Of course, finding vinyl records to buy isn’t very difficult. The prices can vary from almost free to thousands of dollars, depending on whether you are looking for collectability or just listening. So I wanted to put together a basic Price Guide for Vinyl records, as vinyl is once again gaining in sales both used and new. One never knows- with flea markets, garage sales etc, one may just stumble across a rare find- so knowing something about the market could be profitable. One such example on the high end of the market, in 2009, a Northern Soul record of – Frank Wilson’s “Do I Love You “(Indeed I Do) sold for $40,000 USD. Best wishes with scoring one of those- but you never know!
Cost of New Vinyl?
Acquiring a new vinyl record will run a person somewhere between $12-$40 and higher. As opposed to say a CD at less than $12 or burning free mp3s-so it may be an economic concern for some-especially for those premium special edition LPs priced at $30-$50 and up. Of Course, vinyl pricing is going to depend on the market itself and record companies/ record retailers are still testing the waters for pricing. The process of producing a new vinyl Lp, including materials, certainly come at a premium cost. Part of the equation though is figuring out what the market will actually pay. As sales of vinyl continue to grow and with more pressing plants opening-it could mean better pricing for production – less cost to the consumer- maybe?
The band sounded just like the record- Old and Scratchy!
So, of course, used record prices is a whole other matter- and the most significant factor in pricing is- you guessed it- condition. The fact of the matter is that just because a record is old doesn’t mean its worth much. Most records that still remain are, usually, just not in very good condition- mostly from being played- a lot, being mishandled, no protective sleeve, scratched from being stacked, improperly stored and maintained etc.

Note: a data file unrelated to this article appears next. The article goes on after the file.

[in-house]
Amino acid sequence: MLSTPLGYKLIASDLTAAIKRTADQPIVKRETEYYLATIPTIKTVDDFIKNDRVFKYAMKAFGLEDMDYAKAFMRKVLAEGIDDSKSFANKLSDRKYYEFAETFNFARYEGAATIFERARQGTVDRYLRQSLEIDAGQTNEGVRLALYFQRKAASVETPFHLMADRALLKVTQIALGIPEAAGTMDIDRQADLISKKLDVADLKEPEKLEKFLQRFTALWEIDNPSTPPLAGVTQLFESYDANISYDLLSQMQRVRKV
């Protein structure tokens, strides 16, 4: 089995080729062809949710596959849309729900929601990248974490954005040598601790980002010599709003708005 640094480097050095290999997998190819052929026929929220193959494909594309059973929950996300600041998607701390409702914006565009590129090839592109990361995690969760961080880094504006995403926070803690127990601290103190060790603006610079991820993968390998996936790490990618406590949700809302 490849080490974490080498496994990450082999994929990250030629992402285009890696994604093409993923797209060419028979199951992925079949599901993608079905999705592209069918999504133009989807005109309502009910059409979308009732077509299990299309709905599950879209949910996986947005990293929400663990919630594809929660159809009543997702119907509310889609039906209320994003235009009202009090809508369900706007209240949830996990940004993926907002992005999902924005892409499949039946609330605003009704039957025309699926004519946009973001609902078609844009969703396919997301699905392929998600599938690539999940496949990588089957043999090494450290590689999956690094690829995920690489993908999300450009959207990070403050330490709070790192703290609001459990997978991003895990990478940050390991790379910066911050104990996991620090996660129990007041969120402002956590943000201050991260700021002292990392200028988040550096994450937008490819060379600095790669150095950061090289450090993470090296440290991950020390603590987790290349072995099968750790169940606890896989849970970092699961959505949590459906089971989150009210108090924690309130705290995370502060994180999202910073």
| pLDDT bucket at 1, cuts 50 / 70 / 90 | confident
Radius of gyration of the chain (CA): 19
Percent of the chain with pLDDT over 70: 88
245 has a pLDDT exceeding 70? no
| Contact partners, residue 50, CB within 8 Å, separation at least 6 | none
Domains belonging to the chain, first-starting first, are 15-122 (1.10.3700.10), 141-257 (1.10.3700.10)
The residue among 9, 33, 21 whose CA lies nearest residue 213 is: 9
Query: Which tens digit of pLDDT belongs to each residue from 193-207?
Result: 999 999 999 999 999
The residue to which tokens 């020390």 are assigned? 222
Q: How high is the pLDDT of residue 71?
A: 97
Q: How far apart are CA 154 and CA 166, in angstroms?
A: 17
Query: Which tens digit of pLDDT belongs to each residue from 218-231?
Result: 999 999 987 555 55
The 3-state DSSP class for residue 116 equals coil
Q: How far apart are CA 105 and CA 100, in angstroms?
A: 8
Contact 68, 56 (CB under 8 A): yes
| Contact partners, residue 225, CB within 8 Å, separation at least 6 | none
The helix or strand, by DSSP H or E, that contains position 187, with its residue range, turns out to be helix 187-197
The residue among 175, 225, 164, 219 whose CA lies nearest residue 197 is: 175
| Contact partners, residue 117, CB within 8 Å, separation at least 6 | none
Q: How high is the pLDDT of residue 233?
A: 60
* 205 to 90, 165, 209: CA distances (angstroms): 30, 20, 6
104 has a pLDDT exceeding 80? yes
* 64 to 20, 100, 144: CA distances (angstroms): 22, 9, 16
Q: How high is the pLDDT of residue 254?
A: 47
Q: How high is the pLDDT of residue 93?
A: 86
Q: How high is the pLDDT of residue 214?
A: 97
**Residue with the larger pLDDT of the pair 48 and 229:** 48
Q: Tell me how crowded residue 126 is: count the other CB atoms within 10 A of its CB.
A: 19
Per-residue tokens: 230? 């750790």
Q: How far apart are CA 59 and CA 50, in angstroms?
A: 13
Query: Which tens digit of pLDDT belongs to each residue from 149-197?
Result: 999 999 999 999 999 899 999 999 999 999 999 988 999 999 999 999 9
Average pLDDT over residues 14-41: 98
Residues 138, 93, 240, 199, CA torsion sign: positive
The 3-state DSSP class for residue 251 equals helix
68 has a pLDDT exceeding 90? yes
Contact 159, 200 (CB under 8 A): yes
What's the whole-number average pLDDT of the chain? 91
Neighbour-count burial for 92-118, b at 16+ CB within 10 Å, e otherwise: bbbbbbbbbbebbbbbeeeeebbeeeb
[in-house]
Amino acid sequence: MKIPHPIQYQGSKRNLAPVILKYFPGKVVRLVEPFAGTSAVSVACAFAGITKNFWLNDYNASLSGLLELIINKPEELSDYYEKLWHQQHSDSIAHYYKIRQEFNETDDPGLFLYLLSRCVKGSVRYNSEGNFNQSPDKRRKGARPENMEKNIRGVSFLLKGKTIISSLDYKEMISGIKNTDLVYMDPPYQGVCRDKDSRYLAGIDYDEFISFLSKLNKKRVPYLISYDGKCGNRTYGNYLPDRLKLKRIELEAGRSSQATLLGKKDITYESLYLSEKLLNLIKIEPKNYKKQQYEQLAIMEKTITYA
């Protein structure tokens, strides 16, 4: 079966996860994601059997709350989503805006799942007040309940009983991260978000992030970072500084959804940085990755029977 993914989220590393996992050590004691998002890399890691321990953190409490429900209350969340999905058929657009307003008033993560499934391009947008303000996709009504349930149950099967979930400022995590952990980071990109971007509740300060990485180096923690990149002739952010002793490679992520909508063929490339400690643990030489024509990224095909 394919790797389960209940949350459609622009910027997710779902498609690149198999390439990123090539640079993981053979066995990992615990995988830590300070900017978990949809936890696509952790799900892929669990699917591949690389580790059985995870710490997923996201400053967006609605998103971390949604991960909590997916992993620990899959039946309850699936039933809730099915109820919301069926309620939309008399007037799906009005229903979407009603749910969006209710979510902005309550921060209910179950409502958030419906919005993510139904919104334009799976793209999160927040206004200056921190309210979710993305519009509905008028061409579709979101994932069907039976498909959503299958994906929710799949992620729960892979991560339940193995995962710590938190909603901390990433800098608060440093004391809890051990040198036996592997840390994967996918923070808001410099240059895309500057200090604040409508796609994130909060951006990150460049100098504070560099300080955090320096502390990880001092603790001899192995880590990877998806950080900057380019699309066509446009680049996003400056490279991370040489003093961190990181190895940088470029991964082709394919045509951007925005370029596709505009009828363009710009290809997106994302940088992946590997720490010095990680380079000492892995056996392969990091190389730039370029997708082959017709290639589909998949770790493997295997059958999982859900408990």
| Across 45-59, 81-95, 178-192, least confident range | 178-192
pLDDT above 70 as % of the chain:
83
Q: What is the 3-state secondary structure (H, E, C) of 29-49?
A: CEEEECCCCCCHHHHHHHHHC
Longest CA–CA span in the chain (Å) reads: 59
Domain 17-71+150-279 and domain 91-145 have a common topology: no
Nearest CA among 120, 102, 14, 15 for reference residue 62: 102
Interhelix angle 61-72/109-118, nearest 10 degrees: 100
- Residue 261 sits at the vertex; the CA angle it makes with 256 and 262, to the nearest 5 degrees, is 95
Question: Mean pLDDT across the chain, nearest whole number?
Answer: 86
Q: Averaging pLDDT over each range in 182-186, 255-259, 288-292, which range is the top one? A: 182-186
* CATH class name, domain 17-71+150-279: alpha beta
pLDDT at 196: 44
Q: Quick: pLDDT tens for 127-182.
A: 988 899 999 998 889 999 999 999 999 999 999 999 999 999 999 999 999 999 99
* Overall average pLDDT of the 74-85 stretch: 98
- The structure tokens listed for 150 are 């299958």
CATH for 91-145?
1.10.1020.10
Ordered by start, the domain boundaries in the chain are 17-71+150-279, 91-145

Here is an example, for $7.99 – you can buy Johnny Cash’s “In Folsom Prison” -Here is the seller description -The vinyl has a lot of wear/scratches/needs cleaning, there is no internal sleeve, the cover has water and other damage. Or you can pay $221.00 for one- sealed and in mint condition. get the picture?
Rare is not always a good indicator of value either, but it can be sometimes- it really depends on the artist. Some rare albums may not be worth much-a lot depends on who the artist is and if there is a following. Tastes and wants of the public can be fickle and timing can be a factor. The only way to really determine real value most likely is to look for vinyl record forums and do some pricing research for yourself. Also, unfortunate as it is, if an artist happens to die, the value of his work may increase drastically and quickly.
Grading System for Used Vinyl
So there is a grading system for used vinyl records called the Goldmine Standard. Some sites use this system, others use their version of something similar. It is a good idea to check whatever site you are purchasing from to see how they grade their product. There is also something called play grading, which of course is most likely the best way to know the condition of the vinyl itself- sometimes play wear can go undetected to visual inspection- so the best way is to play it on a good system. Some sellers use this method as it cuts down on complaints and returns.